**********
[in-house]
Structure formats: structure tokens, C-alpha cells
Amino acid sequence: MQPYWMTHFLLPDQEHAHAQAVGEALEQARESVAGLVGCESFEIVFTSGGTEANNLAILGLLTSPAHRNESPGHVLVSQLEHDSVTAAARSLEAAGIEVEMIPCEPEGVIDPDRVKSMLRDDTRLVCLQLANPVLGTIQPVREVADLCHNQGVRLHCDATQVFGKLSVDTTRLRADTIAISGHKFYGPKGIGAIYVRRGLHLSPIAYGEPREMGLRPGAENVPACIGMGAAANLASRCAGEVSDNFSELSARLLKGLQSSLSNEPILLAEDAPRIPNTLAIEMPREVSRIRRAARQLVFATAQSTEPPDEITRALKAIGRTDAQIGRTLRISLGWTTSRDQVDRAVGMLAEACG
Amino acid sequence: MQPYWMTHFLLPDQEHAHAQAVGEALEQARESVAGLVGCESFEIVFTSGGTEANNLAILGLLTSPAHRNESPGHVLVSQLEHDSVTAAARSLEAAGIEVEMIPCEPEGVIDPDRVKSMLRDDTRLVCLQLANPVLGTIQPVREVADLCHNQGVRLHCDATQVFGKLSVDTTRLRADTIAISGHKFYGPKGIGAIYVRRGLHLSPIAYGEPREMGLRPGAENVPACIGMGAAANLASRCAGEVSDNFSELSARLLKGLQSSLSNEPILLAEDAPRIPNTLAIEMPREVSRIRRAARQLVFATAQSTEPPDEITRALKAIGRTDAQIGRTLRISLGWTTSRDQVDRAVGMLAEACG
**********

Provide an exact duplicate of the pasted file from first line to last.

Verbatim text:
[in-house]
Structure formats: structure tokens, C-alpha cells
Amino acid sequence: MQPYWMTHFLLPDQEHAHAQAVGEALEQARESVAGLVGCESFEIVFTSGGTEANNLAILGLLTSPAHRNESPGHVLVSQLEHDSVTAAARSLEAAGIEVEMIPCEPEGVIDPDRVKSMLRDDTRLVCLQLANPVLGTIQPVREVADLCHNQGVRLHCDATQVFGKLSVDTTRLRADTIAISGHKFYGPKGIGAIYVRRGLHLSPIAYGEPREMGLRPGAENVPACIGMGAAANLASRCAGEVSDNFSELSARLLKGLQSSLSNEPILLAEDAPRIPNTLAIEMPREVSRIRRAARQLVFATAQSTEPPDEITRALKAIGRTDAQIGRTLRISLGWTTSRDQVDRAVGMLAEACG
Amino acid sequence: MQPYWMTHFLLPDQEHAHAQAVGEALEQARESVAGLVGCESFEIVFTSGGTEANNLAILGLLTSPAHRNESPGHVLVSQLEHDSVTAAARSLEAAGIEVEMIPCEPEGVIDPDRVKSMLRDDTRLVCLQLANPVLGTIQPVREVADLCHNQGVRLHCDATQVFGKLSVDTTRLRADTIAISGHKFYGPKGIGAIYVRRGLHLSPIAYGEPREMGLRPGAENVPACIGMGAAANLASRCAGEVSDNFSELSARLLKGLQSSLSNEPILLAEDAPRIPNTLAIEMPREVSRIRRAARQLVFATAQSTEPPDEITRALKAIGRTDAQIGRTLRISLGWTTSRDQVDRAVGMLAEACG